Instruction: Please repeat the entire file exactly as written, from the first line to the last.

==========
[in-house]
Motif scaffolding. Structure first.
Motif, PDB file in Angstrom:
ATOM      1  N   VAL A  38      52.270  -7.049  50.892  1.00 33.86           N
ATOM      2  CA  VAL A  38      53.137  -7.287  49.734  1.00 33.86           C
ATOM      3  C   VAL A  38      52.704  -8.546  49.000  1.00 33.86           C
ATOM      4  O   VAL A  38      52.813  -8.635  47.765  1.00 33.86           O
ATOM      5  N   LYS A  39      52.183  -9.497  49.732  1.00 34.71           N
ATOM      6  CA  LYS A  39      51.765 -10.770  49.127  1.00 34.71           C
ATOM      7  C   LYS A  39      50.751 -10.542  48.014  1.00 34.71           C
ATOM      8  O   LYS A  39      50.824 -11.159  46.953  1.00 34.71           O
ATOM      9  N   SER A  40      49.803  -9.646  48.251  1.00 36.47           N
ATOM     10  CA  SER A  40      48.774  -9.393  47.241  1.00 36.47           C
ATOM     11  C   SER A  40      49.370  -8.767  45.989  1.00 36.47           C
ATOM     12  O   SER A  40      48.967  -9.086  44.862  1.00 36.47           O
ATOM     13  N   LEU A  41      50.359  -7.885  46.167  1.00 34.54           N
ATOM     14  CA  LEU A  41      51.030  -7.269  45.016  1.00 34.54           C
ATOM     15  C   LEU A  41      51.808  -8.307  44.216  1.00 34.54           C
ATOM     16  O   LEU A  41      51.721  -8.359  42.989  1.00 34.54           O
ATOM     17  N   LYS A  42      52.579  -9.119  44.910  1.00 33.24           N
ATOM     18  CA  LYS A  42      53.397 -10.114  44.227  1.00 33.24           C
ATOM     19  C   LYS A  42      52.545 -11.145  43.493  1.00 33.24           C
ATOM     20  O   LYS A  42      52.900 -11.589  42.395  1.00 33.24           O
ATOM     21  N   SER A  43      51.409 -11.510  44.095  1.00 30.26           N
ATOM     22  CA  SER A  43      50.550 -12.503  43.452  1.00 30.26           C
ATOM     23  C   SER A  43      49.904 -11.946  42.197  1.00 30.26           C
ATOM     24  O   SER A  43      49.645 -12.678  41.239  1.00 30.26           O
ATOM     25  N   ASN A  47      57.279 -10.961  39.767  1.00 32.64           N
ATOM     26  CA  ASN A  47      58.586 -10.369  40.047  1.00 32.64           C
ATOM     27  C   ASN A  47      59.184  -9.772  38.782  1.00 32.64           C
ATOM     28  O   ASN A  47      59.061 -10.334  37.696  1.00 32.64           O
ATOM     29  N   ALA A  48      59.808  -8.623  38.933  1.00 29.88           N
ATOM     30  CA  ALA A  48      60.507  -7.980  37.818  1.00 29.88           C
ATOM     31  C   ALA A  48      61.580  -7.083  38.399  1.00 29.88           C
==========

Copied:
[in-house]
Motif scaffolding. Structure first.
Motif, PDB file in Angstrom:
ATOM      1  N   VAL A  38      52.270  -7.049  50.892  1.00 33.86           N
ATOM      2  CA  VAL A  38      53.137  -7.287  49.734  1.00 33.86           C
ATOM      3  C   VAL A  38      52.704  -8.546  49.000  1.00 33.86           C
ATOM      4  O   VAL A  38      52.813  -8.635  47.765  1.00 33.86           O
ATOM      5  N   LYS A  39      52.183  -9.497  49.732  1.00 34.71           N
ATOM      6  CA  LYS A  39      51.765 -10.770  49.127  1.00 34.71           C
ATOM      7  C   LYS A  39      50.751 -10.542  48.014  1.00 34.71           C
ATOM      8  O   LYS A  39      50.824 -11.159  46.953  1.00 34.71           O
ATOM      9  N   SER A  40      49.803  -9.646  48.251  1.00 36.47           N
ATOM     10  CA  SER A  40      48.774  -9.393  47.241  1.00 36.47           C
ATOM     11  C   SER A  40      49.370  -8.767  45.989  1.00 36.47           C
ATOM     12  O   SER A  40      48.967  -9.086  44.862  1.00 36.47           O
ATOM     13  N   LEU A  41      50.359  -7.885  46.167  1.00 34.54           N
ATOM     14  CA  LEU A  41      51.030  -7.269  45.016  1.00 34.54           C
ATOM     15  C   LEU A  41      51.808  -8.307  44.216  1.00 34.54           C
ATOM     16  O   LEU A  41      51.721  -8.359  42.989  1.00 34.54           O
ATOM     17  N   LYS A  42      52.579  -9.119  44.910  1.00 33.24           N
ATOM     18  CA  LYS A  42      53.397 -10.114  44.227  1.00 33.24           C
ATOM     19  C   LYS A  42      52.545 -11.145  43.493  1.00 33.24           C
ATOM     20  O   LYS A  42      52.900 -11.589  42.395  1.00 33.24           O
ATOM     21  N   SER A  43      51.409 -11.510  44.095  1.00 30.26           N
ATOM     22  CA  SER A  43      50.550 -12.503  43.452  1.00 30.26           C
ATOM     23  C   SER A  43      49.904 -11.946  42.197  1.00 30.26           C
ATOM     24  O   SER A  43      49.645 -12.678  41.239  1.00 30.26           O
ATOM     25  N   ASN A  47      57.279 -10.961  39.767  1.00 32.64           N
ATOM     26  CA  ASN A  47      58.586 -10.369  40.047  1.00 32.64           C
ATOM     27  C   ASN A  47      59.184  -9.772  38.782  1.00 32.64           C
ATOM     28  O   ASN A  47      59.061 -10.334  37.696  1.00 32.64           O
ATOM     29  N   ALA A  48      59.808  -8.623  38.933  1.00 29.88           N
ATOM     30  CA  ALA A  48      60.507  -7.980  37.818  1.00 29.88           C
ATOM     31  C   ALA A  48      61.580  -7.083  38.399  1.00 29.88           C